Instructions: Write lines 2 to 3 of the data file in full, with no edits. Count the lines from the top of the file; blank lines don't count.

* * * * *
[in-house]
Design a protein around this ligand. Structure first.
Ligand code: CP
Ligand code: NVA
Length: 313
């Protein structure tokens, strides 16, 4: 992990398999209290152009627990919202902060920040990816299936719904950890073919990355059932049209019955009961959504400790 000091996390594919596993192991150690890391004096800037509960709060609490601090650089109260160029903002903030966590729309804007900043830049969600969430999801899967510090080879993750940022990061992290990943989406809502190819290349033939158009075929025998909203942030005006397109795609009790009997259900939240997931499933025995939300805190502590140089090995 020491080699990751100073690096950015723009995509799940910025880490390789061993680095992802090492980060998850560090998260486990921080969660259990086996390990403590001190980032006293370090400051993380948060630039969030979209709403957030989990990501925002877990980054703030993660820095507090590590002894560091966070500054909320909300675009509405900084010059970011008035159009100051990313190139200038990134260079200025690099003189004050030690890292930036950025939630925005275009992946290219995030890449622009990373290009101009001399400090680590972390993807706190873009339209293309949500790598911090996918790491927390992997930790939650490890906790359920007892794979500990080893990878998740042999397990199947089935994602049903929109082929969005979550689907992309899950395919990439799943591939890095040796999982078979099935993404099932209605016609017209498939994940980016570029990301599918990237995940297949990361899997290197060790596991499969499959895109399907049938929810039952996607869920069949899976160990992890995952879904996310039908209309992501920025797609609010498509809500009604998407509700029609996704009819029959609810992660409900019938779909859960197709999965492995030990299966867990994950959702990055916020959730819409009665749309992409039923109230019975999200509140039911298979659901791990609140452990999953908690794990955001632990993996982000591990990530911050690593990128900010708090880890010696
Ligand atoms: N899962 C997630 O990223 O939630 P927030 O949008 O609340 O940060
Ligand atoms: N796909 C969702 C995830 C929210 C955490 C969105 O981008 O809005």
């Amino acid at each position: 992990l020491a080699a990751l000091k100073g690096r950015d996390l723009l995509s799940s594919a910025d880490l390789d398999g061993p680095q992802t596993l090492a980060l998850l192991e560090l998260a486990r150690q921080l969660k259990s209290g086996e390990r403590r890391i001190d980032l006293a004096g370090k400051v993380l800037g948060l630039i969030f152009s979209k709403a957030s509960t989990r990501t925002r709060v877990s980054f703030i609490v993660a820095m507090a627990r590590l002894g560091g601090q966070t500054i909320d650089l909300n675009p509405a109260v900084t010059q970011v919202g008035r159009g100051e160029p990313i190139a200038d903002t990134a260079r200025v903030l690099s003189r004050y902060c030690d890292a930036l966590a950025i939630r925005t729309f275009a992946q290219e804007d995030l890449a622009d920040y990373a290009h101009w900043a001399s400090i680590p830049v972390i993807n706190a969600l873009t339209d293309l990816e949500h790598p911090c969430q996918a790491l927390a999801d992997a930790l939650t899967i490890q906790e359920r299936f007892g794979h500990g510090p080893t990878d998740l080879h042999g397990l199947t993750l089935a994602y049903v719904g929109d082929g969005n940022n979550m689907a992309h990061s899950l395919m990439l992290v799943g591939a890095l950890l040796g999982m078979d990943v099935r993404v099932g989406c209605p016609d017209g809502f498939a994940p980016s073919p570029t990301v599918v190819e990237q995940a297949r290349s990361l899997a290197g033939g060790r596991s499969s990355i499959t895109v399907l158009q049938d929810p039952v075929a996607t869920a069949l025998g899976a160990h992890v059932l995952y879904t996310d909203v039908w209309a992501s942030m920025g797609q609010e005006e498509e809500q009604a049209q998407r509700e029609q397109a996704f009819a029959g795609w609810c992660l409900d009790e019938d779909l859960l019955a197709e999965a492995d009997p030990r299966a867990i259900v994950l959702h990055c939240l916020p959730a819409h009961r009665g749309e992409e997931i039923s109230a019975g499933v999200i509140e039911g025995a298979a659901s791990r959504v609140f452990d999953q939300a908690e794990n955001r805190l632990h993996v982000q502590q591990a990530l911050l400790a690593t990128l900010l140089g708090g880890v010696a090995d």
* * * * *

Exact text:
Design a protein around this ligand. Structure first.
Ligand code: CP